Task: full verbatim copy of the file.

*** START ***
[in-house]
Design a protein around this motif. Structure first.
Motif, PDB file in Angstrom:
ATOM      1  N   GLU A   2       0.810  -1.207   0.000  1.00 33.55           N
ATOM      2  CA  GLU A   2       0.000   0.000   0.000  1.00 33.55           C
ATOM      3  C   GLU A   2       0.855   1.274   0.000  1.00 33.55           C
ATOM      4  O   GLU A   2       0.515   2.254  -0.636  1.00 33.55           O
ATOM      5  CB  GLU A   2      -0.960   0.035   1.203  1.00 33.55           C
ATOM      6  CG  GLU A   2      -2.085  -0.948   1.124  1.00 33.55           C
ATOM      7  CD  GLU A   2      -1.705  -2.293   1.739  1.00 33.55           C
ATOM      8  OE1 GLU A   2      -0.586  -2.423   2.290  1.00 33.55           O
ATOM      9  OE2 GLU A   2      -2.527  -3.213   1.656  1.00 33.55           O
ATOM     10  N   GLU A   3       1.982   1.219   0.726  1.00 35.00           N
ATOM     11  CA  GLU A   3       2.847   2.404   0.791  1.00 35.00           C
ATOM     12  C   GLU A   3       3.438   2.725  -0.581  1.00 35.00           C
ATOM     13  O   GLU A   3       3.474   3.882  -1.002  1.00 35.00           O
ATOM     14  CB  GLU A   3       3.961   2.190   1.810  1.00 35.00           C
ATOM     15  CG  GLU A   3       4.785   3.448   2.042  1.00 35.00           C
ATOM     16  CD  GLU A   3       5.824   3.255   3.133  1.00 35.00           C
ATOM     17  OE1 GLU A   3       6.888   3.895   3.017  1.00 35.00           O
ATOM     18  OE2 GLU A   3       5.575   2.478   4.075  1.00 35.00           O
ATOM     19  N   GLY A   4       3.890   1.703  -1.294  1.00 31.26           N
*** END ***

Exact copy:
[in-house]
Design a protein around this motif. Structure first.
Motif, PDB file in Angstrom:
ATOM      1  N   GLU A   2       0.810  -1.207   0.000  1.00 33.55           N
ATOM      2  CA  GLU A   2       0.000   0.000   0.000  1.00 33.55           C
ATOM      3  C   GLU A   2       0.855   1.274   0.000  1.00 33.55           C
ATOM      4  O   GLU A   2       0.515   2.254  -0.636  1.00 33.55           O
ATOM      5  CB  GLU A   2      -0.960   0.035   1.203  1.00 33.55           C
ATOM      6  CG  GLU A   2      -2.085  -0.948   1.124  1.00 33.55           C
ATOM      7  CD  GLU A   2      -1.705  -2.293   1.739  1.00 33.55           C
ATOM      8  OE1 GLU A   2      -0.586  -2.423   2.290  1.00 33.55           O
ATOM      9  OE2 GLU A   2      -2.527  -3.213   1.656  1.00 33.55           O
ATOM     10  N   GLU A   3       1.982   1.219   0.726  1.00 35.00           N
ATOM     11  CA  GLU A   3       2.847   2.404   0.791  1.00 35.00           C
ATOM     12  C   GLU A   3       3.438   2.725  -0.581  1.00 35.00           C
ATOM     13  O   GLU A   3       3.474   3.882  -1.002  1.00 35.00           O
ATOM     14  CB  GLU A   3       3.961   2.190   1.810  1.00 35.00           C
ATOM     15  CG  GLU A   3       4.785   3.448   2.042  1.00 35.00           C
ATOM     16  CD  GLU A   3       5.824   3.255   3.133  1.00 35.00           C
ATOM     17  OE1 GLU A   3       6.888   3.895   3.017  1.00 35.00           O
ATOM     18  OE2 GLU A   3       5.575   2.478   4.075  1.00 35.00           O
ATOM     19  N   GLY A   4       3.890   1.703  -1.294  1.00 31.26           N